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Natural Social Contract Annotations

Theft - Transfer without Permission

The reader will only be able to understand the purpose and meaning of this annotation and its relationship to the Natural Social Contract (NSC), if s/he has first read the Introduction section of the NSC and its explanatory and elucidating annotation.

1) Note that the definition of Theft merely states that the Thief is the Effective Cause of the transfer of Possession or Control from the Entitled Freeman, not that s/he had Intent to Perform the transfer. While there may be many different kinds of Violations involved in the various actual Events that result in the UnPermitted Possession or Abandonment of one Freeman's Property by another, its different terms (robbery, theft, extortion, burglary, embezzlement, larceny, stealing, hijacking, kidnapping, hostage taking) are all included under the definition of Theft in the NSC. Any actual Violational differences between them are related to other types of Responsible Harm that may occur in conjunction with the UnPermitted Possession or Control. Therefore, it is best to separate those aspects with respect to Charges and Restitution. The only kind of UnPermitted transfer of Possession or Control which is not a Violation (to the Owner, Possessor or Controller) is one for which no Freeman is the Effective Cause. For example, if a meteor falls on your Real Estate, like it or not, you are now the Owner of it. OR if a tornado blows your car into your neighbor's house, then s/he has not Stolen your car and does not even need to return it (since it is on hir Real Estate), unless there is a Covenant between your and hir Real Estate to that effect, even though you are Responsible for hir Harm due to the damage to hir house. If the Possessor and/or Controller hirself is the Effective Cause of an Object being placed within something that someone else Owns, this is only a Violation if it is contrary to the Stipulations of a Covenant governing the boundaries of Real Estate, or a Stipulation regarding the use of someone else's Real Estate. Note that in this situation, as with the meteor or tornado tossed car, the Freeman within whose Property the Object now sits, is now its Possessor (in the case of the meteor, its Owner as well, since it was previously UnOwned and has now become Ownable). S/he may, of course, transfer it back, but s/he does not have to do so as long as s/he keeps it on hir Real Estate or transfers it to Real Estate whose Contractual use arrangements allow Possession without Entitlement. (This last is different than self-Permitted Possession of Stolen Property - eg. having Possession because something was placed within the boundaries of your Real Estate of a Possession without your Permission is quite different from having Possession because you have Permitted it to be there, perhaps by purchasing a Stolen good - even though both are Possession without Entitlement.)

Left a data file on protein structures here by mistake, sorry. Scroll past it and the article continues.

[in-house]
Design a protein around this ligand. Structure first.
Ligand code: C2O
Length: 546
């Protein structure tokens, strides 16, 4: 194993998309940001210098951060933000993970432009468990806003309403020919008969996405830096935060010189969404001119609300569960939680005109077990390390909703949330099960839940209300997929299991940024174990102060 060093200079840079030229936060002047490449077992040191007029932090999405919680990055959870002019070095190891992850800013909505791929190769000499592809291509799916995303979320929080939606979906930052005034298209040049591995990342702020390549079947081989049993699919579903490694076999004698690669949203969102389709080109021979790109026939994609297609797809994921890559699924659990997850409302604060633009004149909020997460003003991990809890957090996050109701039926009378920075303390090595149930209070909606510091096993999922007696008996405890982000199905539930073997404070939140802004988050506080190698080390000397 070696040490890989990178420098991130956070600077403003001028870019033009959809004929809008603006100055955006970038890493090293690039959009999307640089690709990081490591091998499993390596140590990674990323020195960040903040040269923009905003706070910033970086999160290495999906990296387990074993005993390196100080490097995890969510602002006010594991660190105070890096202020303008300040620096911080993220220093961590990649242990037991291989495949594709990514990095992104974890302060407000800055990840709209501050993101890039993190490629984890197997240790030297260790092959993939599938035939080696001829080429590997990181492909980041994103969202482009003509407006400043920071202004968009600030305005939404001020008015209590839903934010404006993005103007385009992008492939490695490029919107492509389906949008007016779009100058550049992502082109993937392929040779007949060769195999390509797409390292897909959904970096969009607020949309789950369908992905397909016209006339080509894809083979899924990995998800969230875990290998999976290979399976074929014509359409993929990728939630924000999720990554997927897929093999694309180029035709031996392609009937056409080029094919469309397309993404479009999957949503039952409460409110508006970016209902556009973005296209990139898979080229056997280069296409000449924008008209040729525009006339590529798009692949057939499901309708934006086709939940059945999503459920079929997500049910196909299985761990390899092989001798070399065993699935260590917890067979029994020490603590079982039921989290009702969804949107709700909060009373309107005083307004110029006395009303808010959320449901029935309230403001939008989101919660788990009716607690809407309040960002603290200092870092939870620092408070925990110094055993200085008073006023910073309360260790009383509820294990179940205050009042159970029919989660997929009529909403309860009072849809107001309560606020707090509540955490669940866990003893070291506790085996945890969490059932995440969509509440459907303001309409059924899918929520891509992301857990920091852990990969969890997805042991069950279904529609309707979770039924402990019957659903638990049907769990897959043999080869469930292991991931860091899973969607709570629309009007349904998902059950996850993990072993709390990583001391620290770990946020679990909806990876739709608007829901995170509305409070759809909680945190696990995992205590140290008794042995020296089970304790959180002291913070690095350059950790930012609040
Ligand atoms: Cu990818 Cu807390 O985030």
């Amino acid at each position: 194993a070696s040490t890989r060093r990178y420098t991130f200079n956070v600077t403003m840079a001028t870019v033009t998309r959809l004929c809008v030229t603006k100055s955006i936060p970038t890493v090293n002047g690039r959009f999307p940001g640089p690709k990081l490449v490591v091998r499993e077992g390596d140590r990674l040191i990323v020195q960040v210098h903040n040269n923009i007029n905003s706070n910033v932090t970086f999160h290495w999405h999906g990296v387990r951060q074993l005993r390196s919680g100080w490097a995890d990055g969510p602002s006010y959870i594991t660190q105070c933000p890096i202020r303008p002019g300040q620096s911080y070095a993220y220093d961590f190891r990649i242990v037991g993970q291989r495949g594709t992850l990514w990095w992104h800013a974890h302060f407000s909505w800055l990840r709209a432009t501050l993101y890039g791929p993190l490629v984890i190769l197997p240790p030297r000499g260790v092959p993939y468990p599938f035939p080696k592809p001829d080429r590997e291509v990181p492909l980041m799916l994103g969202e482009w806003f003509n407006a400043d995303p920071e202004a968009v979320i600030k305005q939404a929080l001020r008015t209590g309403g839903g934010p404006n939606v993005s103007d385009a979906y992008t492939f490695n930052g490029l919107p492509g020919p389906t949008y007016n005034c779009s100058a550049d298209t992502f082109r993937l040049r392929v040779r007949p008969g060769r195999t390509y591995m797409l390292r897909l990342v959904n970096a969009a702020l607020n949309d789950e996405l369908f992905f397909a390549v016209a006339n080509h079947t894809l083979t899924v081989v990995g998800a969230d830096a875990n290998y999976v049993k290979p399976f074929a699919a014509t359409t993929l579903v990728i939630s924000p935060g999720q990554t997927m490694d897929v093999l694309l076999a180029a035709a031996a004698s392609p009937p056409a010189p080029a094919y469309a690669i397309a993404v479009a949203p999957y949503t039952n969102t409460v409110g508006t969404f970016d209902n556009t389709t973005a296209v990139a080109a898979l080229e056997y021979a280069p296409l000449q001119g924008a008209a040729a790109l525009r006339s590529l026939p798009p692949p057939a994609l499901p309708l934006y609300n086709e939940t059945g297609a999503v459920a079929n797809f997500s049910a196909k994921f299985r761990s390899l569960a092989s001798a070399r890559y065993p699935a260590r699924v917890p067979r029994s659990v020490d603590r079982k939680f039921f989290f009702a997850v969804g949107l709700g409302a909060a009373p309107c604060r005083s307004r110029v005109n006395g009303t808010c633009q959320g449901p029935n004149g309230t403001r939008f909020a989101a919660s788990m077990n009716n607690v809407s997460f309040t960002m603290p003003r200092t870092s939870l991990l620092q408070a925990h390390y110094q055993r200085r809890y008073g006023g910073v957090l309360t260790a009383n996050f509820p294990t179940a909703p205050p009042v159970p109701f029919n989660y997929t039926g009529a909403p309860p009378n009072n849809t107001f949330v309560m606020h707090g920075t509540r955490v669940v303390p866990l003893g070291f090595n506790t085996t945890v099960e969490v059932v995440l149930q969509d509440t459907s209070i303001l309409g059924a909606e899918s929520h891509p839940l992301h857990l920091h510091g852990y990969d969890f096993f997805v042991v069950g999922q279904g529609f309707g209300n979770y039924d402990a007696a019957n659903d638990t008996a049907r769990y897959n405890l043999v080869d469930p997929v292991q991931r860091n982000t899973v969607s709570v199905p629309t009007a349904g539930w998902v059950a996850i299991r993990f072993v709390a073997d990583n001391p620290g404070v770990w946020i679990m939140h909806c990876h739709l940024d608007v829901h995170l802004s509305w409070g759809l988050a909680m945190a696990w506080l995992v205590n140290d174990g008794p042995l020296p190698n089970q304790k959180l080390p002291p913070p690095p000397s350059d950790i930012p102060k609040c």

2) Finally, there is the situation where Freeman-A is the Effective Cause of an UnPermitted transfer from Freeman-B to a recipient Freeman-C who in turn has not Permitted the transfer. In this case, a combination of Theft and Abandonment has taken place. The Abandonment may be a Violation of a Covenant related to the boundary of the Real Estate of Freeman-C. Moreover, this last kind of Theft is tantamount to destruction of the Stolen Property since the receiver of the Possession, Freeman-C, has not Violated Freeman-B or the Thief (Freeman-A) and need not return the Possession. This Possession by a third party who was not Involved in the original Action makes this result far more problematic than a simple Theft, both for the Thief and the Freeman who has been Robbed, because the Violation is not immediately Restitutable simply by return of the Stolen item and payment of all other losses incurred. A major part of the reason for this last is that Freemen-C (the receiver of the Stolen item, but who has not Permitted that reception) is now the Possessor of the item (only by Entitlement of Possession of everything on hir Real Estate, not by Entitled Possession - note the subtle but important difference) and there is no Requirement for hir to return it to anyone. This is a kind of limbo situation in which the original Owner and/or Possessor retains Ownership or Entitled Possession of it, but has no Non-Violational method by which to get actual Possession of it again, and the new Possessor, does not have Ownership or Entitled Possession of it because it was not transferred to hir by Acceptable Methods. However, there are reasonable solutions and extensions of this situation. First, Social Preferencing can be used by the Owner/Possessor to attempt to get hir Property/Possession returned to hir. Second, the Covenants with adjoining Real Estate including Egress Real Estate, may forbid the new Possessor from taking it off hir Property (viz. the current illegality of transport of stolen goods). See also the Stipulations in the NSC about RePossession Entitlement.